Tonight I decided I would wait until she's properly asleep before going out, but she cycled from thumb sucking to shouting and back again several times without actually going to sleep.  Big C took the dog.  She's now getting herself upset, so I'll go and settle her again, hoping that this time she'll actually go to sleep and stay that way, as she's getting pretty tired (as am I!).

Monday, 4 July 2011

Aims for the Week

If you're interested, yes I managed to achieve the third thing (the mountain of laundry and ironing from the holiday) on my list for last week. 
So now on to this week:

  1. Clear my desk
  2. catch up with my filofax organisation
  3. book some Scout training course venues
  4. do at least ten items of housework on my list for the week

Sunday, 3 July 2011

A moment in time

I just took my camera for a quick five minute stroll around the house at 7pm and snapped the things that caught my eye:
home made washable baby wipes waiting to be topped up with solution (camomile tea)

I'm surprised the wheels aren't smoking with all the riding this gets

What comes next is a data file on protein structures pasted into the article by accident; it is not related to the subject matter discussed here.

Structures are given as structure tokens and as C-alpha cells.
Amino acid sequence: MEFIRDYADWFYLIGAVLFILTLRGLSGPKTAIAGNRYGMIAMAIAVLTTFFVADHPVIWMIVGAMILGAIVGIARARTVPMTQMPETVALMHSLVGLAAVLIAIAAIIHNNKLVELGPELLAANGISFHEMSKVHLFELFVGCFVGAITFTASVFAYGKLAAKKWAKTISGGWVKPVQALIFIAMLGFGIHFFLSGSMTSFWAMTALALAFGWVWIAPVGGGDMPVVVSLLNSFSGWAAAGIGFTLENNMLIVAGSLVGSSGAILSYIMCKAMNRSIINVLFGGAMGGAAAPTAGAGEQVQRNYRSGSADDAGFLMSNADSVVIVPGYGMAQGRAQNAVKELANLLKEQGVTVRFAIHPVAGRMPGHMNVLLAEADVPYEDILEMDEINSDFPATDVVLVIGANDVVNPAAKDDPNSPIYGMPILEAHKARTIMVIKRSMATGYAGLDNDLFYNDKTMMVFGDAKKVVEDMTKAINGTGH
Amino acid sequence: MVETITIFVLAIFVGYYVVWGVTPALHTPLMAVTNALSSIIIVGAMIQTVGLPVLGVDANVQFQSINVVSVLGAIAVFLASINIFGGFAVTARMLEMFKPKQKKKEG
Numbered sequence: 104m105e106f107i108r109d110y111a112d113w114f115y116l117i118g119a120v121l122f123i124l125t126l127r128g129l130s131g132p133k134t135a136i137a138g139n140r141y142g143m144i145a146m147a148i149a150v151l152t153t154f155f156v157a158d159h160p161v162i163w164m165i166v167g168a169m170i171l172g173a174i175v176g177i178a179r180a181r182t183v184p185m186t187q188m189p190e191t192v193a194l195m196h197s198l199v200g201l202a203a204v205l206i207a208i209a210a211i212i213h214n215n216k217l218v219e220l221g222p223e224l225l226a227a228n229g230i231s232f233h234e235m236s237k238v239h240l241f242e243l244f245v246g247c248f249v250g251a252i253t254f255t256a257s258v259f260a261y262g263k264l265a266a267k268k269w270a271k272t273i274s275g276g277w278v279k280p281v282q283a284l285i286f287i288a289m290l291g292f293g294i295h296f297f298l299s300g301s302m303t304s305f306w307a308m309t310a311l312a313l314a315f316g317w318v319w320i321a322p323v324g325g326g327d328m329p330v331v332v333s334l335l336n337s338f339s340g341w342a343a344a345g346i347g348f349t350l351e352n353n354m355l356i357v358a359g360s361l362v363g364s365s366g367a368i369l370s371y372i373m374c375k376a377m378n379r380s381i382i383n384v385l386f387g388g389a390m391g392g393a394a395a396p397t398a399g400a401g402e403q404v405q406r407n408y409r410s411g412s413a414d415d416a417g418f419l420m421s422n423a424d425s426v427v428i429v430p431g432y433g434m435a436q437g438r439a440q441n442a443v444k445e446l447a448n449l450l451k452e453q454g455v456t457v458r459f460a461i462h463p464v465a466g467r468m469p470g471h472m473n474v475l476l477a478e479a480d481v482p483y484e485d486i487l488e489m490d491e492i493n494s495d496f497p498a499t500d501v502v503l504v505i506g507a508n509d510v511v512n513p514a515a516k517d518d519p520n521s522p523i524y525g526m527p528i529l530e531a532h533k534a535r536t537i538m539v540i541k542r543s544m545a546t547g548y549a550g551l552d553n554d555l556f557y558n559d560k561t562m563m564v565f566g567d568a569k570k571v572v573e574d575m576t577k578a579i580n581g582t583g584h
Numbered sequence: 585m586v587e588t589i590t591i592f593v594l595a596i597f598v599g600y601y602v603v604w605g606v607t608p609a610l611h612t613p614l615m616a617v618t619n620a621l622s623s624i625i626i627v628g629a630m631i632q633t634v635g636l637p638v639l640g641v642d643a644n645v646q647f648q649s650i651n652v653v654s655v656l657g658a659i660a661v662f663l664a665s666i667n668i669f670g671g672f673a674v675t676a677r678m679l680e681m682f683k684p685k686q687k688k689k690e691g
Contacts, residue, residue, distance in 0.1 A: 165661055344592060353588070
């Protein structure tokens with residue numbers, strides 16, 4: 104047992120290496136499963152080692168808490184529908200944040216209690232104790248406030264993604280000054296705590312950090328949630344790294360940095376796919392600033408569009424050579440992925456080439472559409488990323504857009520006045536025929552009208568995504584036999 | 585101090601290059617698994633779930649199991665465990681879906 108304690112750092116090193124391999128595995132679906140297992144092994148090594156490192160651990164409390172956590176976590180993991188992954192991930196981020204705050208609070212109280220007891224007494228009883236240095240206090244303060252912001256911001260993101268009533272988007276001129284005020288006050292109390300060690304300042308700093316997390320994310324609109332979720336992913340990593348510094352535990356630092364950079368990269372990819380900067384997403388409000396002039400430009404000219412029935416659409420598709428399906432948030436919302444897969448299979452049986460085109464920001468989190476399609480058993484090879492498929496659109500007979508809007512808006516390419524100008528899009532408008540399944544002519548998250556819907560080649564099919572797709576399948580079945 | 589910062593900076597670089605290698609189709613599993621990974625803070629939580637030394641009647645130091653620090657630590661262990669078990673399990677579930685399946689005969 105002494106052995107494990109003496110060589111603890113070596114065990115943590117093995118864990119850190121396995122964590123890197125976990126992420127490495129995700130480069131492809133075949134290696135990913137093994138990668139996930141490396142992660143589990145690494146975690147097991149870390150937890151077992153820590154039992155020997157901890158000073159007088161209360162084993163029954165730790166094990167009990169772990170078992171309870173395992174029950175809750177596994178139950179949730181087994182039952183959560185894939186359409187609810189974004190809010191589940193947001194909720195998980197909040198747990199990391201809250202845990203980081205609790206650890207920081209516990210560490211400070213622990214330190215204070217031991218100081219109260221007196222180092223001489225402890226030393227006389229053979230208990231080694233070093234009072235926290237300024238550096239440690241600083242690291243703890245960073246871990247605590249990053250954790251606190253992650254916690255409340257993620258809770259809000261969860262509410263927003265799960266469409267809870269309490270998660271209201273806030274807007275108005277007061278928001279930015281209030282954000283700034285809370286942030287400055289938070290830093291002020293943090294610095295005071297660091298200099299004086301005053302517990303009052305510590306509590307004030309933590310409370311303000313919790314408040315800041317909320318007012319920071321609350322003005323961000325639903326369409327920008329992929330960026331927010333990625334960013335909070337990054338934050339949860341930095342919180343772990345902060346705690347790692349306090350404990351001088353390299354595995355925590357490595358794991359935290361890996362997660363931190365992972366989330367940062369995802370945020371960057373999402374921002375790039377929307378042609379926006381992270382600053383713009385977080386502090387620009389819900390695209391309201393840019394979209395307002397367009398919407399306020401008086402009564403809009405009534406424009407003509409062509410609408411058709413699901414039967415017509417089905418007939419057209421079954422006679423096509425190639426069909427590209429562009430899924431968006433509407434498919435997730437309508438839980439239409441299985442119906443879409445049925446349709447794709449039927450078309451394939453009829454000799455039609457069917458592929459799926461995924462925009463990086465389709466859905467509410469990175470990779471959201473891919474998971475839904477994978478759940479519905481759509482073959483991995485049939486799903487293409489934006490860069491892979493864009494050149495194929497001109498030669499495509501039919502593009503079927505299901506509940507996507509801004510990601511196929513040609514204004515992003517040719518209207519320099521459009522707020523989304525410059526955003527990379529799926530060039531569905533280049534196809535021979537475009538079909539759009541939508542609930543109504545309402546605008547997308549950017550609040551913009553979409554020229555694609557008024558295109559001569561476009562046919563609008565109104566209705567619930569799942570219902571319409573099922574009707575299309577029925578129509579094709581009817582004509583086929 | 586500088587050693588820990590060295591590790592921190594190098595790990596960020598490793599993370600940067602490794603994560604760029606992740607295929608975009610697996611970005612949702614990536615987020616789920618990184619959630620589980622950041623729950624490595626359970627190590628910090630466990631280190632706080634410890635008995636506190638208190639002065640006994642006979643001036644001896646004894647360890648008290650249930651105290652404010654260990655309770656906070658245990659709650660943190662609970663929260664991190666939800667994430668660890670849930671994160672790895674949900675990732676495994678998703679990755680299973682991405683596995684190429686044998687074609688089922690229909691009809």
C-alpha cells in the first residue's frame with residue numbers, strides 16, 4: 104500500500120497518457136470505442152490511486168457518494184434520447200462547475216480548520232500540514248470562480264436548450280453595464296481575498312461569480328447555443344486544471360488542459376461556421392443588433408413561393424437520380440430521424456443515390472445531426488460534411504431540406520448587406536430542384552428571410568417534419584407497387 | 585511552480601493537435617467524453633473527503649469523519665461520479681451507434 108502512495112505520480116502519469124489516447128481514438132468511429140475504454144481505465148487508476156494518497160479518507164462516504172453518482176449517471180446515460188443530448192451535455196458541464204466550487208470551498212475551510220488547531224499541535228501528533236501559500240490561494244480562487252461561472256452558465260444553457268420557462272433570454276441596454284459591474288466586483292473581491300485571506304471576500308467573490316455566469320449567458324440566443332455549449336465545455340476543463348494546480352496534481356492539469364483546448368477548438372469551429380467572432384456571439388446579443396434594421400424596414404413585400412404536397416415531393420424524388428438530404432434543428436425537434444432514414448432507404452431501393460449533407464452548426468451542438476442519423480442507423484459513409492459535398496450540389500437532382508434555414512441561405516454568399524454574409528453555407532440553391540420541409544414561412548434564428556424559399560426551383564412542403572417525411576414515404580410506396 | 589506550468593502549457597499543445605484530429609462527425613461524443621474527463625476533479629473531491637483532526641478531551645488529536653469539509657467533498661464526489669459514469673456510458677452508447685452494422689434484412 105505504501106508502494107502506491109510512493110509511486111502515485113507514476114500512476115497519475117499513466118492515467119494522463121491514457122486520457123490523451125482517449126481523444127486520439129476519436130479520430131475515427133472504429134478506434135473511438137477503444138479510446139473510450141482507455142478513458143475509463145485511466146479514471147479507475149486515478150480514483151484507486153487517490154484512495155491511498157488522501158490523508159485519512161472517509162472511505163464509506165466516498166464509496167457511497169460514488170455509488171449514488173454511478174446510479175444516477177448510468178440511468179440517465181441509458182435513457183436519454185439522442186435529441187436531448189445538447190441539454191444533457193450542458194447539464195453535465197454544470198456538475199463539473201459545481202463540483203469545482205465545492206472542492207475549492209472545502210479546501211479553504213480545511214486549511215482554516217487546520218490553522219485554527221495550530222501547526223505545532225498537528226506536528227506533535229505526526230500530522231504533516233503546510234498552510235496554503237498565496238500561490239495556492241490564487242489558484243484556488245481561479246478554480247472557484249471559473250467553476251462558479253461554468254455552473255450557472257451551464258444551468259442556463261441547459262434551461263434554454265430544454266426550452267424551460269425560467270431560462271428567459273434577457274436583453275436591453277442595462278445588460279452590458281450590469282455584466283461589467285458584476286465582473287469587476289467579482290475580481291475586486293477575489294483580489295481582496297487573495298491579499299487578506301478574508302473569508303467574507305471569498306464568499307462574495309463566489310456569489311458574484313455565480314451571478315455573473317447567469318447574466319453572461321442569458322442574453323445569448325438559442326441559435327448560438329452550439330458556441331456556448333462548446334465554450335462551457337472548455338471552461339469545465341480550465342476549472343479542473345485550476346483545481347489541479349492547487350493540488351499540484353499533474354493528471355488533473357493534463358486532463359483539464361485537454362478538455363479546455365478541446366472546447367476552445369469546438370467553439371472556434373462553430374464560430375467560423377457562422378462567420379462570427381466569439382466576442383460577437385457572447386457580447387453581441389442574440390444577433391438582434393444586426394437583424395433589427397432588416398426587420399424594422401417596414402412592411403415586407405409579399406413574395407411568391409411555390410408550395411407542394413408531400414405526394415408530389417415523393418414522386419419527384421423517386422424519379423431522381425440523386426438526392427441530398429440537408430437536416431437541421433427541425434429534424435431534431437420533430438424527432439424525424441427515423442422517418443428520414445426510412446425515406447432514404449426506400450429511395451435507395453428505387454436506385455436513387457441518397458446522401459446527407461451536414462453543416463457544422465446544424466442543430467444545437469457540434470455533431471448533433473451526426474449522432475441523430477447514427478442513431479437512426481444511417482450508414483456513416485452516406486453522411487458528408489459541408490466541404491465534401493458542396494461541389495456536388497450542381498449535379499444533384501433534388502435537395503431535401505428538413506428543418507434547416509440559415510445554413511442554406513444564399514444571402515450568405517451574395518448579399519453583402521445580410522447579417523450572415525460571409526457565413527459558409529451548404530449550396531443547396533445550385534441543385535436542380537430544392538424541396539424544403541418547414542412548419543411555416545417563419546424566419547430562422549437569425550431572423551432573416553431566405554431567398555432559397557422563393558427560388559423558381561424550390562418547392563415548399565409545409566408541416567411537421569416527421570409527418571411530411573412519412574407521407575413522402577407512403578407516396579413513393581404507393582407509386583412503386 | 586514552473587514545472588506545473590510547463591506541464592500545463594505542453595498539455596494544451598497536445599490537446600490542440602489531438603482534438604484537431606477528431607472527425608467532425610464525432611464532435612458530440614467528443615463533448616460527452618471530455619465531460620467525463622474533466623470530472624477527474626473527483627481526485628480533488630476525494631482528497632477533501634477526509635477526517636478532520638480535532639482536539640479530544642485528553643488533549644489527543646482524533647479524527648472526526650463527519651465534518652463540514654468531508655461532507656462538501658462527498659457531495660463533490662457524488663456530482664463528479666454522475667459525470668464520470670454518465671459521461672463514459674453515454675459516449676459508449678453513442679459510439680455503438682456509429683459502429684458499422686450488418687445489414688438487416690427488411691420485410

the paddling pool - abandoned for now after being used as an "outdoor bath" for the afternoon

veggie patch - not as productive as I'd like this year, but I had a baby in the Spring!
I'm just pleased it's weeded and tidy.


worn out

it's been a sunny one, we've had the sun-cream out

Friday, 1 July 2011

The poetry of spice racks

I think you can tell a lot about a person by looking at their spice racks.  I'll describe a couple and you'll see what I mean.

First, there's the spice rack that has barely been touched since the day it was received as a wedding gift.  The occasional foray into the Mixed Herbs or even occasionally into the Ginger, Cinnamon or Mixed Spice on occasional domesticated baking days.  I have to say that I think there are one or two spice racks like these among my sisters and parents.  The spices and herbs are rarely refreshed or used, and are just there because that's what you're supposed to have in your kitchen.  Check out this Michael McIntyre clip for a more eloquent way of describing it - I love it, it's so true!